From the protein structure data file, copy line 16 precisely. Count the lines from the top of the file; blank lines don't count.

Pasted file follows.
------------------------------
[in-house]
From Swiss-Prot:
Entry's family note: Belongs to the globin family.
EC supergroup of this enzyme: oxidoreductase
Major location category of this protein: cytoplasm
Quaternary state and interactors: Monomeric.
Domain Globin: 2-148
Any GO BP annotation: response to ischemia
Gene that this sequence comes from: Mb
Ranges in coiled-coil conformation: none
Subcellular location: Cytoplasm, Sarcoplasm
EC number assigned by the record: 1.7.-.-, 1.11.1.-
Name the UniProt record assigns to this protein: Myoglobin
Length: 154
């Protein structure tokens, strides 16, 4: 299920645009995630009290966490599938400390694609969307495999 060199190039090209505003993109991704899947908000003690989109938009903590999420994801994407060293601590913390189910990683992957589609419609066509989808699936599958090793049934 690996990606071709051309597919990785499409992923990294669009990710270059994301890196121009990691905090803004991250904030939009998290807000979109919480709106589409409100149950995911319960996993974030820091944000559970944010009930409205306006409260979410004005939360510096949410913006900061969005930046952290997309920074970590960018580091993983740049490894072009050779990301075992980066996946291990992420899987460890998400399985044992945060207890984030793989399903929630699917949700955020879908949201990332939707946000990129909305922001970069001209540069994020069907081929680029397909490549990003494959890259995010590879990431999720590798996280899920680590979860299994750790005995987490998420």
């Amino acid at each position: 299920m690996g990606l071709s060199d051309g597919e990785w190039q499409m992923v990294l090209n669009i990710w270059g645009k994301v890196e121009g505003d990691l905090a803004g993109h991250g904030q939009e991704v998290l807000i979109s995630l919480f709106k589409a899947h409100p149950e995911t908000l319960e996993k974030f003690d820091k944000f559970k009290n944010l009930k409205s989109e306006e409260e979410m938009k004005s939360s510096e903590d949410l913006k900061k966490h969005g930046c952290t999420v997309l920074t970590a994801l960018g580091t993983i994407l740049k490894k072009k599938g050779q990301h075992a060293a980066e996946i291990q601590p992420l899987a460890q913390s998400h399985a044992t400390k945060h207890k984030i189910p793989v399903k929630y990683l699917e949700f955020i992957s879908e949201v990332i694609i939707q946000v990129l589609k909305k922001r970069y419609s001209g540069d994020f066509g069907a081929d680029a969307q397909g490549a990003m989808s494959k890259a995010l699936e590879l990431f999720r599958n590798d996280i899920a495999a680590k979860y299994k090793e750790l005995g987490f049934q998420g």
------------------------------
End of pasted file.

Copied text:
């Amino acid at each position: 299920m690996g990606l071709s060199d051309g597919e990785w190039q499409m992923v990294l090209n669009i990710w270059g645009k994301v890196e121009g505003d990691l905090a803004g993109h991250g904030q939009e991704v998290l807000i979109s995630l919480f709106k589409a899947h409100p149950e995911t908000l319960e996993k974030f003690d820091k944000f559970k009290n944010l009930k409205s989109e306006e409260e979410m938009k004005s939360s510096e903590d949410l913006k900061k966490h969005g930046c952290t999420v997309l920074t970590a994801l960018g580091t993983i994407l740049k490894k072009k599938g050779q990301h075992a060293a980066e996946i291990q601590p992420l899987a460890q913390s998400h399985a044992t400390k945060h207890k984030i189910p793989v399903k929630y990683l699917e949700f955020i992957s879908e949201v990332i694609i939707q946000v990129l589609k909305k922001r970069y419609s001209g540069d994020f066509g069907a081929d680029a969307q397909g490549a990003m989808s494959k890259a995010l699936e590879l990431f999720r599958n590798d996280i899920a495999a680590k979860y299994k090793e750790l005995g987490f049934q998420g």